This year, as you probably know, marks the bicentennial of the publication of Pride and Prejudice. And, if Jane Austen could only see what an industry she has spawned. The Amazon listing for books related to – or cashing in on — this title spans 101 pages. There are sequels and “variations” and “re-tellings” as well as “re-imaginings.” There are journals, graphic novels and a whole spate of murder mysteries, including one by P.D. James. There is a version set on Mars and another one set along the Hudson River. There is Pride and Prejudice and Zombies not to be confused with Pride and Prejudice and Vampires. And, not likely to be confused with Pride and Prejudice and Cheese Grits. (I’m not making this up.)
After all this you might think there could be no new angle, nothing left to be mined from the depths of Austen’s Bennet family. But, think again. Hint: think “Downton Abbey.” Think “Upstairs, Downstairs.” British author Jo Baker’s soon-to-be-published novel, Longbourn, named for the Bennets’ home, focuses on life in the servants’ quarters there. It features a romance between a footman and a housemaid, and dishes up the downstairs opinions about the upstairs family. Already, it has created no small stir in the publishing industry, complete with auctions on both sides of the Atlantic, a movie deal and arrangements for translation into at least eight foreign languages.
It seems that domestic servants have stepped out of the scullery and into the spotlight. They are the new media darlings after years of being shadowy figures bearing tea trays, scarcely seen and never heard. We seem to especially like them when they work in castles or manor houses and dress better than we do. The plummy British accents don’t hurt either. For Americans, certainly, part of the fascination is seeing a system where class lines were so clearly etched. Our own experience of servants in this country is a lot murkier — muddled by the legacy of slavery, issues of race and immigration and by our wishful insistence that we are a classless society. To address the topic means facing up to America’s actual pride and prejudice – and, sometimes it’s just easier to look the other way.
But a few American fiction writers have dared to lead us straight into this territory, creating characters, giving them names and voices and stories that make us pay attention. Most recently, of course, was Kathryn Stockett’s blockbuster, The Help, set in Mississippi in the 1960’s and detailing the lives of two black maids and the young white woman who befriends them. I was not a big fan of this book—I found the characters too pat and the black dialect overdone – but, obviously, millions of others disagree. And, I give Stockett kudos for taking on a topic so loaded that a lot of people wouldn’t touch it. Reportedly, more than fifty literary agents turned down her manuscript before it was finally accepted.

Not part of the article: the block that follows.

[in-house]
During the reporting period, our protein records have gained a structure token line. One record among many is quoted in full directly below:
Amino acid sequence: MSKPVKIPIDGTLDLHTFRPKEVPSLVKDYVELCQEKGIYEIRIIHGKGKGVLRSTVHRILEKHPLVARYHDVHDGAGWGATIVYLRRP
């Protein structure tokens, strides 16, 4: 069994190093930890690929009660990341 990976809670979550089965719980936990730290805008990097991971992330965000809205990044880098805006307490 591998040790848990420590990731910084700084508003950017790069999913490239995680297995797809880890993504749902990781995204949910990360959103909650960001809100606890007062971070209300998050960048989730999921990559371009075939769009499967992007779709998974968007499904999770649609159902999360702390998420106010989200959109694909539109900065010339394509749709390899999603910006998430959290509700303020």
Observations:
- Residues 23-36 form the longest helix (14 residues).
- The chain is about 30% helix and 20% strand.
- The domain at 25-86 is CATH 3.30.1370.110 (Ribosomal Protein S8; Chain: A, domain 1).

For a more nuanced look at another maid in 1960’s Mississippi, I recommend Ellen Douglas’ Can’t Quit You, Baby, a slow, unfolding and moving narrative about the intertwined lives of Tweet, a black woman, and Cornelia her white employer. And, in a similar vein, writer Mona Simpson, in her compelling novel, My Hollywood, uses the precarious bond between two women – a young California mother named Claire and Lola, the Filipino nanny who cares for Claire’s son – to give us a window into the world of immigrant domestic workers.
Finally, I give you links to four short stories that you can read online. The first is by Edith Wharton who was notably ahead of her time in acknowledging the existence of servants in her fiction. “The Lady’s Maid’s Bell” is gothic and odd and riveting. Next is Alice Adams’ “Verlie I Say Unto You” set in the 1930’s, a story about a family named Todd and how much they don’t understand about their maid, Verlie. Ellen Gilchrist has written many stories narrated by sharp-eyed Traceleen who works for Miss Crystal and is unsparing in her reports of her employer’s antics, but always undaunted (and unforgettable). The fourth story is by Charlottesville writer Kathleen Ford, whose work has been widely published in literary quarterlies and reviews (including Streetlight!). She writes often about the situation of Irish maids in early twentieth-century America. The link here will take you to a story about one of these maids and her connection to the infamous Typhoid Mary, who also was a domestic servant.
Not a plummy accent among them, but a chorus of haunting voices, ready to be heard.
–Suzanne Freeman, fiction editor
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